Cliff Lee

Cliff Lee hits second homer, denied crack at sixth shutout

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The Phillies’ Cliff Lee, already with a major league-leading five shutouts, was denied a shot at No. 6 on Tuesday.  Having thrown 124 pitches, he was removed after eight scoreless innings in what turned out to be a 2-1 win over the Dodgers.

Ryan Madson closed it out in the ninth, but not before giving up an RBI single to Casey Blake.

At least Lee did have more than the win to celebrate: he hit his second homer of the season off Ted Lilly.

Lee could have become the first pitcher to throw six shutouts in a season since Randy Johnson finished with that many in a 1998 campaign split between Seattle and Houston.  Besides Johnson, the last pitcher to record more than five shutouts in a season was Tim Belcher, who had eight for the Dodgers in 1989.

Lee’s homer was his second in five starts.  He went 107 career at-bats without one before homering for the first time against the Braves on July 9.  He’s the first Phillies pitcher since Randy Wolf in 2004 to hit multiple homers in the same year.

Despite his remarkable success when it comes to shutouts, Lee remains a big long shot in the NL Cy Young competition.  He has just seven wins that weren’t shutouts, and he’s 12-7 with a 2.83 ERA for the season.  His ERA ranks seventh in the NL and third on his own team behind Roy Halladay’s 2.51 mark and Cole Hamels’ 2.53.

Brandon Belt signs $6.2 million deal, avoiding arbitration with Giants

Brandon Belt
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In a last-second compromise before a scheduled heading today, first baseman Brandon Belt and the Giants have avoided arbitration by agreeing to a one-year, $6.2 million deal.

Belt requested $7.5 million and the Giants countered at $5.3 million, so they’ve settled slightly on the team-friendly side of the midpoint. Belt will be arbitration eligible again next season for the final time before hitting the open market as a free agent.

He’s coming off a very good season in which he hit .280 with 18 homers and an .834 OPS in 137 games and Belt has a lifetime .803 OPS through age 27, making him one of MLB’s most underrated all-around first baseman.

Orioles sign ex-Padres reliever Dale Thayer

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Right-hander Dale Thayer and the Orioles have agreed to a minor-league contract that includes an invitation to spring training.

Thayer had a rough 2015 season for the Padres, posting a 4.06 ERA and spending time in the minors, but he was a solid part of San Diego’s bullpen from 2012-2014 with a combined 3.02 ERA and 173/50 K/BB ratio in 188 innings.

At age 35 there’s no guarantee that Thayer will look good enough to claim a spot on the Opening Day roster, but he’s got a strong chance to wind up pitching middle relief for Baltimore.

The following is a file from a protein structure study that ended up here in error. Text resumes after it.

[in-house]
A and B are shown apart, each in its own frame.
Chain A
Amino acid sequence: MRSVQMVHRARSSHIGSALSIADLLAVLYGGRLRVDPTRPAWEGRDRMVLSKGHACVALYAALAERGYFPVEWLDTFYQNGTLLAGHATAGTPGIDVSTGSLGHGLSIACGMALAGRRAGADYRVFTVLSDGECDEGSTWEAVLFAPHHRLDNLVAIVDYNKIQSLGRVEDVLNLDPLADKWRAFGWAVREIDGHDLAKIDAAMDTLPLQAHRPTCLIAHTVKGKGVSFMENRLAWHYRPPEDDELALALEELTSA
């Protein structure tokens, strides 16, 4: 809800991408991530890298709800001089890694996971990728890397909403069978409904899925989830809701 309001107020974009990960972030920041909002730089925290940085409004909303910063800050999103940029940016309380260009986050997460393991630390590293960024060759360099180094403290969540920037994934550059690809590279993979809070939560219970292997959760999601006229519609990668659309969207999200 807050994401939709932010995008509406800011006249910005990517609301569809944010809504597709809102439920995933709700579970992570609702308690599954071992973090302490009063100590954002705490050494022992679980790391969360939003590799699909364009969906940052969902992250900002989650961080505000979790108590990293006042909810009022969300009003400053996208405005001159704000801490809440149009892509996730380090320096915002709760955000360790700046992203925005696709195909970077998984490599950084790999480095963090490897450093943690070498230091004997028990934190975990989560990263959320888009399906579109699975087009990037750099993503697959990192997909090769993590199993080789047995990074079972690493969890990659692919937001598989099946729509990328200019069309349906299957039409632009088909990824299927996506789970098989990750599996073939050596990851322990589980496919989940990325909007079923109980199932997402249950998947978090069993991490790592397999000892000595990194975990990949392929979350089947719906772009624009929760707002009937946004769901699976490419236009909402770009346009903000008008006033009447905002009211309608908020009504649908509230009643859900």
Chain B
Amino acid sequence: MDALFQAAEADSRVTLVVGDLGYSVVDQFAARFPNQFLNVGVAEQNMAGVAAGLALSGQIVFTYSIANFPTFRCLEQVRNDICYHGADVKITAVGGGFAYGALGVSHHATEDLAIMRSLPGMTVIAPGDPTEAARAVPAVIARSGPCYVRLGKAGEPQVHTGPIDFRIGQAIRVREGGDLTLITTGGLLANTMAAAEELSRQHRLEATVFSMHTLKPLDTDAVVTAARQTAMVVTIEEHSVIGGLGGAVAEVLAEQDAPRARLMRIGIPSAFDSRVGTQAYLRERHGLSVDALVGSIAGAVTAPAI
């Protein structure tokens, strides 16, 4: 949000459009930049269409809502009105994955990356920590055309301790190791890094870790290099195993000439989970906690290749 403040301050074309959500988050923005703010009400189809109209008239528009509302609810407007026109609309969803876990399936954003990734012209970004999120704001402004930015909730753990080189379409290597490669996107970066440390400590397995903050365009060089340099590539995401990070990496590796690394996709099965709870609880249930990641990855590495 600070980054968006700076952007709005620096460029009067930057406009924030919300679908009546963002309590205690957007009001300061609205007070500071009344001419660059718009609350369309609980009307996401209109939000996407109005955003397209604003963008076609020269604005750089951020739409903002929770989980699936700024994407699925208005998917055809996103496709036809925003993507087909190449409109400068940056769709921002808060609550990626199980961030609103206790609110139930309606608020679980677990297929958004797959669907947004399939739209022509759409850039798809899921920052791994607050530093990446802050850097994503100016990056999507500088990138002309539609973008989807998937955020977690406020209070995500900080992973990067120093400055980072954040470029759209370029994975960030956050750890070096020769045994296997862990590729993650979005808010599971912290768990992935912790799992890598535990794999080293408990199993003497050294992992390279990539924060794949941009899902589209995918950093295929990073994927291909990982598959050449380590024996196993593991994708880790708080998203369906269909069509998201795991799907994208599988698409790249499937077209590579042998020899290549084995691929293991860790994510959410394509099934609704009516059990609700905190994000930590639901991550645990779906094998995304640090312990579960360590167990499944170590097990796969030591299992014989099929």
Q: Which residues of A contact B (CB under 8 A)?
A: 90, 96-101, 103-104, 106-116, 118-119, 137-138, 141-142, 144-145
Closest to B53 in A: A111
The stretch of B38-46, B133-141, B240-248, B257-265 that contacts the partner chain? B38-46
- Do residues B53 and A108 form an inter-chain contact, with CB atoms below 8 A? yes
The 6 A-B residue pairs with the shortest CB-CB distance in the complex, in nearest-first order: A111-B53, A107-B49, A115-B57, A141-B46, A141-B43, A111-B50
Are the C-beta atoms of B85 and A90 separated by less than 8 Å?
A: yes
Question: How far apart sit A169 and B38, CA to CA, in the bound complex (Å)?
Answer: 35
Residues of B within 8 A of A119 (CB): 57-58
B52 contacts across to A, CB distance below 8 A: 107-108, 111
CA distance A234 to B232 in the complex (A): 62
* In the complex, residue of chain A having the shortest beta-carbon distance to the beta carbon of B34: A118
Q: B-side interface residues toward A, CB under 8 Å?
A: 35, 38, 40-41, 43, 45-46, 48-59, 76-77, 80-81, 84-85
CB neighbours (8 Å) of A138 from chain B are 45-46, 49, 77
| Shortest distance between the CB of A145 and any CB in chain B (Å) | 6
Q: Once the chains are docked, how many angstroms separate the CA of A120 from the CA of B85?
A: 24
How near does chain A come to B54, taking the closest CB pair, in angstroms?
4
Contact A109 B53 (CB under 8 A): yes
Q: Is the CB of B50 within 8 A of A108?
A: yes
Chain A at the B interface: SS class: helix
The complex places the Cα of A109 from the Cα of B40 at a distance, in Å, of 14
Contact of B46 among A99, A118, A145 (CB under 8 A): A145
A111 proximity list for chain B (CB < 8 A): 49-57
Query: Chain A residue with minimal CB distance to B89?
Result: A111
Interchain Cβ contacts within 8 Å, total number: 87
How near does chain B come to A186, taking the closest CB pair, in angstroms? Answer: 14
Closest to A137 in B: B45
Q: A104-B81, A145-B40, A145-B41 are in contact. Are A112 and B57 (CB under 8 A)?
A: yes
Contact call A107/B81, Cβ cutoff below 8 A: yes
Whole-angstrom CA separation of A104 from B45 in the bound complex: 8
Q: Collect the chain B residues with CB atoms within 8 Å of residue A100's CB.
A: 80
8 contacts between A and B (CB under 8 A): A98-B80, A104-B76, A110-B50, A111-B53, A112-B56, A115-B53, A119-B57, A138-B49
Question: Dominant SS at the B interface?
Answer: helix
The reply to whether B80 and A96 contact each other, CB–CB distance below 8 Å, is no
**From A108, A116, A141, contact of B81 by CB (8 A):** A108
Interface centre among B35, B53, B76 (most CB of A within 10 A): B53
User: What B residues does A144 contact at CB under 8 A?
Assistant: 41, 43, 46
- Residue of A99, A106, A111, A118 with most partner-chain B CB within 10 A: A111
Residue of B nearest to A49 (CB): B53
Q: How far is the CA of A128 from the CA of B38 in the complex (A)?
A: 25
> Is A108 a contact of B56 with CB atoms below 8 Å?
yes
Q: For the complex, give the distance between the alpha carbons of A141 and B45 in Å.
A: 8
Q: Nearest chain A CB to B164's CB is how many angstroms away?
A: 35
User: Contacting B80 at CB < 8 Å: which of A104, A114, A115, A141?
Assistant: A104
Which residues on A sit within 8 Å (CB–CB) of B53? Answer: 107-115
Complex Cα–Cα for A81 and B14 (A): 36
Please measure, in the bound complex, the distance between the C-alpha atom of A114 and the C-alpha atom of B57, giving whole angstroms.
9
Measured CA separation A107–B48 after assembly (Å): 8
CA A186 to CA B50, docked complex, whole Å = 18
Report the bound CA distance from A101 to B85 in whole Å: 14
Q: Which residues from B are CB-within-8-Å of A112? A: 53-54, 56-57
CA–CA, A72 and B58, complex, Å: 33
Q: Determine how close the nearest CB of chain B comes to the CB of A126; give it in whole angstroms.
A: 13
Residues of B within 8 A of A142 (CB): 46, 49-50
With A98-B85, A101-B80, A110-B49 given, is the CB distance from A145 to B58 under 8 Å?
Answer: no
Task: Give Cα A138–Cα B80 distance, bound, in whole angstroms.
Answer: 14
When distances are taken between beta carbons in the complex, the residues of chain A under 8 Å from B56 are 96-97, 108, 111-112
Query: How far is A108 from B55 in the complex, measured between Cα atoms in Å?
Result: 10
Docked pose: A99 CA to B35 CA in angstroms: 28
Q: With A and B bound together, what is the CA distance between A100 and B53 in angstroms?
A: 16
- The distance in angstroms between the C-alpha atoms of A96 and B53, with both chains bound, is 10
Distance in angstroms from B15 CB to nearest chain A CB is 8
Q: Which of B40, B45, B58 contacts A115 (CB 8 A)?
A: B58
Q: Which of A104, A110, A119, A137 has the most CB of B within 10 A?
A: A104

Phillies acquire Taylor Featherston from Angels

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Taylor Featherston, who was designated for assignment by the Angels last week, has been traded to the Phillies for a player to be named later or cash.

Featherston stayed in the majors with the Angels for all of last season due to being a Rule 5 pick from the Rockies organization, but the 25-year-old infielder hit just .162 in 169 plate appearances.

He’s been much better in the minors, but nothing about his track record there screams quality regular and the Phillies are likely viewing him as a defense-first bench option for now.

Keith Law: The Braves have the best farm system in baseball

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Flags fly forever! Hooray for The Process championship!

Ah, sorry. This is about as much rooting as I’ll get to do this year, so cut me some slack.

This is the week when ESPN’s Keith Law releases his prospect and farm system rankings. He kicks off his content this week with a top-to-bottom ranking of all 30 farm systems. As a rule he limits his analysis to players who are currently in the minors and who have not yet exhausted their rookie of the year eligibility. The top system: the Atlanta Braves. The bottom: the Los Angeles Angels, about whom Law says “I’ve been doing these rankings for eight years now, and this is by far the worst system I’ve ever seen.” Enjoy Mike Trout, though, you guys.

If you want to know the reasons and the rankings of everyone in between you’ll have to get an ESPN Insider subscription. Sorry, I know everyone hates to pay for content on the Internet, but Keith and others who do this kind of work put a lot of damn work into it and this is what pays their bills. I typically don’t like to pay for content myself, but I do pay for an ESPN Insider subscription. It’s worth it for Law’s work alone. And though he drives me crazy sometimes, Buster Olney’s daily column/notes thing is also worth the money over the course of the year.